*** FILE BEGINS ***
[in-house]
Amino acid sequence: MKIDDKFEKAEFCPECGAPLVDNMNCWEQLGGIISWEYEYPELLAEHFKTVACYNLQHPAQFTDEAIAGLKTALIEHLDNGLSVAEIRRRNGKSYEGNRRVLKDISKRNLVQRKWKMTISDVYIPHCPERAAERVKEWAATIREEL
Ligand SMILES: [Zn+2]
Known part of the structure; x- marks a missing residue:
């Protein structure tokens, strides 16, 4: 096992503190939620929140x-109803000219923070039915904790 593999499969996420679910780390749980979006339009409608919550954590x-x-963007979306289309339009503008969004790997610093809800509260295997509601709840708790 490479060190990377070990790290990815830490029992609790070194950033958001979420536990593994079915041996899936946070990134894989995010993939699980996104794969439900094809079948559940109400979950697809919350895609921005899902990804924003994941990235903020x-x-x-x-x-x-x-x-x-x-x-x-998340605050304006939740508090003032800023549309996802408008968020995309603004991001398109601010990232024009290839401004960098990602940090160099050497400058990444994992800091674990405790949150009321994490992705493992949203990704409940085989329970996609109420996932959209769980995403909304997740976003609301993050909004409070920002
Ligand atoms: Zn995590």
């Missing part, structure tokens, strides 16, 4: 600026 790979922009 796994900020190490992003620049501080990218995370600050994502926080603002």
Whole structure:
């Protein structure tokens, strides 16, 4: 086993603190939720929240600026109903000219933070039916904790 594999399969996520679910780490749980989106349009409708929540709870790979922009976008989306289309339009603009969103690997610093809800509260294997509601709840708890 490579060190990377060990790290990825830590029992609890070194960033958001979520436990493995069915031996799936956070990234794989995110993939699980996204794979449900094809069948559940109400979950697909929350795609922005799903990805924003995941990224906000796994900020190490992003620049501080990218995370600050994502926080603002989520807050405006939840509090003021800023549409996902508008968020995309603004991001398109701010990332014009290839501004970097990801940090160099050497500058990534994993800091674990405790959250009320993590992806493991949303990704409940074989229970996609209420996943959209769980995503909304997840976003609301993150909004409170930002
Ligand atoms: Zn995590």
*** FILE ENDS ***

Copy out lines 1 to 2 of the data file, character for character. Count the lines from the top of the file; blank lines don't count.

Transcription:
[in-house]
Amino acid sequence: MKIDDKFEKAEFCPECGAPLVDNMNCWEQLGGIISWEYEYPELLAEHFKTVACYNLQHPAQFTDEAIAGLKTALIEHLDNGLSVAEIRRRNGKSYEGNRRVLKDISKRNLVQRKWKMTISDVYIPHCPERAAERVKEWAATIREEL